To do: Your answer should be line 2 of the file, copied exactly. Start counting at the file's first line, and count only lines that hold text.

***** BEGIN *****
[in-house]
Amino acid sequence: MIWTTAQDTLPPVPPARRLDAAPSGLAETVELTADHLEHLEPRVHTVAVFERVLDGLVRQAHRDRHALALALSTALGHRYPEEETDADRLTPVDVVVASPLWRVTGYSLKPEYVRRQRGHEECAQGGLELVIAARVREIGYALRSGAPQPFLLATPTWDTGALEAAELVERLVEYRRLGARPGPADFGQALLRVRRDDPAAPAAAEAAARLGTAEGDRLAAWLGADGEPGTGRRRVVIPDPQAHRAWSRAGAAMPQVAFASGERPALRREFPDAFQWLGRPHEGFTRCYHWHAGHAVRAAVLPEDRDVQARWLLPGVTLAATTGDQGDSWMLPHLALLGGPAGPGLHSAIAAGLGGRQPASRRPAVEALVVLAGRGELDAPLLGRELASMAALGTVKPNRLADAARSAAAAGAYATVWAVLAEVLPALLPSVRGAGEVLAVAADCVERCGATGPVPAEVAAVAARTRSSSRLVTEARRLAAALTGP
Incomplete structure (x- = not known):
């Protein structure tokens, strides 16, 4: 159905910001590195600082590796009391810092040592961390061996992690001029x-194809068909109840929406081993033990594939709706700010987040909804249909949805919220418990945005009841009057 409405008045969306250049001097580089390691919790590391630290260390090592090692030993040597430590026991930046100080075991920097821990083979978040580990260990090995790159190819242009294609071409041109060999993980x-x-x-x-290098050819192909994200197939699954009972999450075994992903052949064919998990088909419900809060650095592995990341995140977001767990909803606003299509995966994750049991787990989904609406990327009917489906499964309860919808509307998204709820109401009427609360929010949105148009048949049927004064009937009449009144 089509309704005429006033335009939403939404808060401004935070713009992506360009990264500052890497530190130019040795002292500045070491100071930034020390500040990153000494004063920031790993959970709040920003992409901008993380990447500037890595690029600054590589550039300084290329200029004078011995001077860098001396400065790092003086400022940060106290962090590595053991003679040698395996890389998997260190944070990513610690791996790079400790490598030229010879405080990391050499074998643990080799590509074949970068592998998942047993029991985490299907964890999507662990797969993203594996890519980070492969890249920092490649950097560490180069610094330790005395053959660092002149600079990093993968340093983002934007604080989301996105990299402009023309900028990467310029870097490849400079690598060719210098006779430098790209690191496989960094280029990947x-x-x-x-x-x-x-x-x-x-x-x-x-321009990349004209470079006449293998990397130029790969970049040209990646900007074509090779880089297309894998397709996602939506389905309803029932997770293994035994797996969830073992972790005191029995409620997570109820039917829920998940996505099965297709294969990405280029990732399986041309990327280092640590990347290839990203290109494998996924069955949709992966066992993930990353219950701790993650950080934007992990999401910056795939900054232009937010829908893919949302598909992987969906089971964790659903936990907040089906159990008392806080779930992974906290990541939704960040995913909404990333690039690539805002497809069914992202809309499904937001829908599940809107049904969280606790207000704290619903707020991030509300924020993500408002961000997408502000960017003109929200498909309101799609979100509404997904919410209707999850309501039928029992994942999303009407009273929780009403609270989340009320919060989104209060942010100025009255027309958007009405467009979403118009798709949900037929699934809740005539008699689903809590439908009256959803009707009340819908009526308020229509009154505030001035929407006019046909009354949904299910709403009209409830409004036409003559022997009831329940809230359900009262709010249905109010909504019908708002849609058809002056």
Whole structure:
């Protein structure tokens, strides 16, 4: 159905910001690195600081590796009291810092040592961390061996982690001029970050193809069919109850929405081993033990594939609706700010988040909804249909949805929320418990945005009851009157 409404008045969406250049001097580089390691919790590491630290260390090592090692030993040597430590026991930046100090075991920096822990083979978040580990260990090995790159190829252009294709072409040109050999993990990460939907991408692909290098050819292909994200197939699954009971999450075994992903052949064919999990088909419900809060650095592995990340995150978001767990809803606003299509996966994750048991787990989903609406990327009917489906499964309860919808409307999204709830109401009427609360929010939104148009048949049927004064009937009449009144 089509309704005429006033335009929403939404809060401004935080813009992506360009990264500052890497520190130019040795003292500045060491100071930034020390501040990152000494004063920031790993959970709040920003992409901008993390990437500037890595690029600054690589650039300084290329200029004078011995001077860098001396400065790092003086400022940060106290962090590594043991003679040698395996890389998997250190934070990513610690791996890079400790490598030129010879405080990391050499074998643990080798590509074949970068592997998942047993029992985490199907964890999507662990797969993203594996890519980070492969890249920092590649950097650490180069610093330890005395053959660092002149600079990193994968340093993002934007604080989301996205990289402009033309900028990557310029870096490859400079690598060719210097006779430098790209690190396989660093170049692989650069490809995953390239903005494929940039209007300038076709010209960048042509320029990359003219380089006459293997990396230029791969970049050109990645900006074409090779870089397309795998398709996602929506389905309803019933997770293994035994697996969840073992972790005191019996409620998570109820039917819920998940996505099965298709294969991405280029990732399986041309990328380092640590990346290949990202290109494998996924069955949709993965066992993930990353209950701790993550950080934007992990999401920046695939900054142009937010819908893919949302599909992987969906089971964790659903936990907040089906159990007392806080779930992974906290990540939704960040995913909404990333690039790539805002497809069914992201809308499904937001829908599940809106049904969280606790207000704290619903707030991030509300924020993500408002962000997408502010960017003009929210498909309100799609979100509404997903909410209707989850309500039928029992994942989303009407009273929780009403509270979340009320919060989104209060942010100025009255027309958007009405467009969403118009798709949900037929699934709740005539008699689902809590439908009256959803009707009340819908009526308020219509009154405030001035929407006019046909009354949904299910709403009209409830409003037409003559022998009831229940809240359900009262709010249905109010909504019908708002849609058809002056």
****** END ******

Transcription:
Amino acid sequence: MIWTTAQDTLPPVPPARRLDAAPSGLAETVELTADHLEHLEPRVHTVAVFERVLDGLVRQAHRDRHALALALSTALGHRYPEEETDADRLTPVDVVVASPLWRVTGYSLKPEYVRRQRGHEECAQGGLELVIAARVREIGYALRSGAPQPFLLATPTWDTGALEAAELVERLVEYRRLGARPGPADFGQALLRVRRDDPAAPAAAEAAARLGTAEGDRLAAWLGADGEPGTGRRRVVIPDPQAHRAWSRAGAAMPQVAFASGERPALRREFPDAFQWLGRPHEGFTRCYHWHAGHAVRAAVLPEDRDVQARWLLPGVTLAATTGDQGDSWMLPHLALLGGPAGPGLHSAIAAGLGGRQPASRRPAVEALVVLAGRGELDAPLLGRELASMAALGTVKPNRLADAARSAAAAGAYATVWAVLAEVLPALLPSVRGAGEVLAVAADCVERCGATGPVPAEVAAVAARTRSSSRLVTEARRLAAALTGP